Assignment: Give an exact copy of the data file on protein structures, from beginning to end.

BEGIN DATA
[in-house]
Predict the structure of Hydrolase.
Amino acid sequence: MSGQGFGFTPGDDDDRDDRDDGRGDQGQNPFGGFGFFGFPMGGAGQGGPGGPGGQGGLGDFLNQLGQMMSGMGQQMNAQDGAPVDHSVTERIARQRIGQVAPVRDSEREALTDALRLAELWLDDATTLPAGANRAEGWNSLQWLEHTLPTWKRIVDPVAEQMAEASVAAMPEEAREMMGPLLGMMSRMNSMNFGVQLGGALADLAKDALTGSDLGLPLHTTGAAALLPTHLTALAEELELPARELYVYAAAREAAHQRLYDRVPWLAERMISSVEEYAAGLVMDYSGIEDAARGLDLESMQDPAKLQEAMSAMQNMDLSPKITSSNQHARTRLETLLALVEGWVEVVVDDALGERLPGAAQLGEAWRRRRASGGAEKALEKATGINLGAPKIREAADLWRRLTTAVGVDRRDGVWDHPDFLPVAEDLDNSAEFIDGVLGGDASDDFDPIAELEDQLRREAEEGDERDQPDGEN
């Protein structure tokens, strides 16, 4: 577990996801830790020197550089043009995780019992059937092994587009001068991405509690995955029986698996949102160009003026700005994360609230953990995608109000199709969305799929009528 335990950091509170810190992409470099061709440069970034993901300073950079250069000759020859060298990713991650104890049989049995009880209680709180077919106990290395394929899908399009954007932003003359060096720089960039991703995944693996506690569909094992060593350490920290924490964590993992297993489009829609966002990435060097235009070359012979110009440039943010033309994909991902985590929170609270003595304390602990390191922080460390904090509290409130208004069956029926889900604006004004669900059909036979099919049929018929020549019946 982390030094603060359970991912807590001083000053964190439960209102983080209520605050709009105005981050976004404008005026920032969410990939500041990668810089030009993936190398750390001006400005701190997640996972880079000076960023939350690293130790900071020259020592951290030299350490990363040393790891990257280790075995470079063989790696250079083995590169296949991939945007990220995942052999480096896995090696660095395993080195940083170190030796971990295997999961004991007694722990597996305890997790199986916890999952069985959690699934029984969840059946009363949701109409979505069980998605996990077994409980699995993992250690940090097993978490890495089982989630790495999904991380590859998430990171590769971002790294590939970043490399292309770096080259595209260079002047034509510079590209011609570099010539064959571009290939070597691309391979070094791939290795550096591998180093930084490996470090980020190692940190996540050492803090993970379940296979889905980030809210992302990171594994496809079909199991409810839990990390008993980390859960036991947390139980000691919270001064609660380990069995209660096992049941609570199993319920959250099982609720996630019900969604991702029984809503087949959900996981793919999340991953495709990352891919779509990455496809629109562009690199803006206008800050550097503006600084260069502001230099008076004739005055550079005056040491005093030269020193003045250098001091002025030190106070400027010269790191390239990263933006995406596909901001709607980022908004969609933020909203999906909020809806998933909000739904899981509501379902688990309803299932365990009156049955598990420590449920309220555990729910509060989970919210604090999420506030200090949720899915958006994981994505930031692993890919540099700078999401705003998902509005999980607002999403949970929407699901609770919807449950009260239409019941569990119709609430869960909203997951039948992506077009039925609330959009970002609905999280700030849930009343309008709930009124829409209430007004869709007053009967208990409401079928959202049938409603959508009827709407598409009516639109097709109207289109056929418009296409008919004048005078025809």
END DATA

[in-house]
Predict the structure of Hydrolase.
Amino acid sequence: MSGQGFGFTPGDDDDRDDRDDGRGDQGQNPFGGFGFFGFPMGGAGQGGPGGPGGQGGLGDFLNQLGQMMSGMGQQMNAQDGAPVDHSVTERIARQRIGQVAPVRDSEREALTDALRLAELWLDDATTLPAGANRAEGWNSLQWLEHTLPTWKRIVDPVAEQMAEASVAAMPEEAREMMGPLLGMMSRMNSMNFGVQLGGALADLAKDALTGSDLGLPLHTTGAAALLPTHLTALAEELELPARELYVYAAAREAAHQRLYDRVPWLAERMISSVEEYAAGLVMDYSGIEDAARGLDLESMQDPAKLQEAMSAMQNMDLSPKITSSNQHARTRLETLLALVEGWVEVVVDDALGERLPGAAQLGEAWRRRRASGGAEKALEKATGINLGAPKIREAADLWRRLTTAVGVDRRDGVWDHPDFLPVAEDLDNSAEFIDGVLGGDASDDFDPIAELEDQLRREAEEGDERDQPDGEN
């Protein structure tokens, strides 16, 4: 577990996801830790020197550089043009995780019992059937092994587009001068991405509690995955029986698996949102160009003026700005994360609230953990995608109000199709969305799929009528 335990950091509170810190992409470099061709440069970034993901300073950079250069000759020859060298990713991650104890049989049995009880209680709180077919106990290395394929899908399009954007932003003359060096720089960039991703995944693996506690569909094992060593350490920290924490964590993992297993489009829609966002990435060097235009070359012979110009440039943010033309994909991902985590929170609270003595304390602990390191922080460390904090509290409130208004069956029926889900604006004004669900059909036979099919049929018929020549019946 982390030094603060359970991912807590001083000053964190439960209102983080209520605050709009105005981050976004404008005026920032969410990939500041990668810089030009993936190398750390001006400005701190997640996972880079000076960023939350690293130790900071020259020592951290030299350490990363040393790891990257280790075995470079063989790696250079083995590169296949991939945007990220995942052999480096896995090696660095395993080195940083170190030796971990295997999961004991007694722990597996305890997790199986916890999952069985959690699934029984969840059946009363949701109409979505069980998605996990077994409980699995993992250690940090097993978490890495089982989630790495999904991380590859998430990171590769971002790294590939970043490399292309770096080259595209260079002047034509510079590209011609570099010539064959571009290939070597691309391979070094791939290795550096591998180093930084490996470090980020190692940190996540050492803090993970379940296979889905980030809210992302990171594994496809079909199991409810839990990390008993980390859960036991947390139980000691919270001064609660380990069995209660096992049941609570199993319920959250099982609720996630019900969604991702029984809503087949959900996981793919999340991953495709990352891919779509990455496809629109562009690199803006206008800050550097503006600084260069502001230099008076004739005055550079005056040491005093030269020193003045250098001091002025030190106070400027010269790191390239990263933006995406596909901001709607980022908004969609933020909203999906909020809806998933909000739904899981509501379902688990309803299932365990009156049955598990420590449920309220555990729910509060989970919210604090999420506030200090949720899915958006994981994505930031692993890919540099700078999401705003998902509005999980607002999403949970929407699901609770919807449950009260239409019941569990119709609430869960909203997951039948992506077009039925609330959009970002609905999280700030849930009343309008709930009124829409209430007004869709007053009967208990409401079928959202049938409603959508009827709407598409009516639109097709109207289109056929418009296409008919004048005078025809």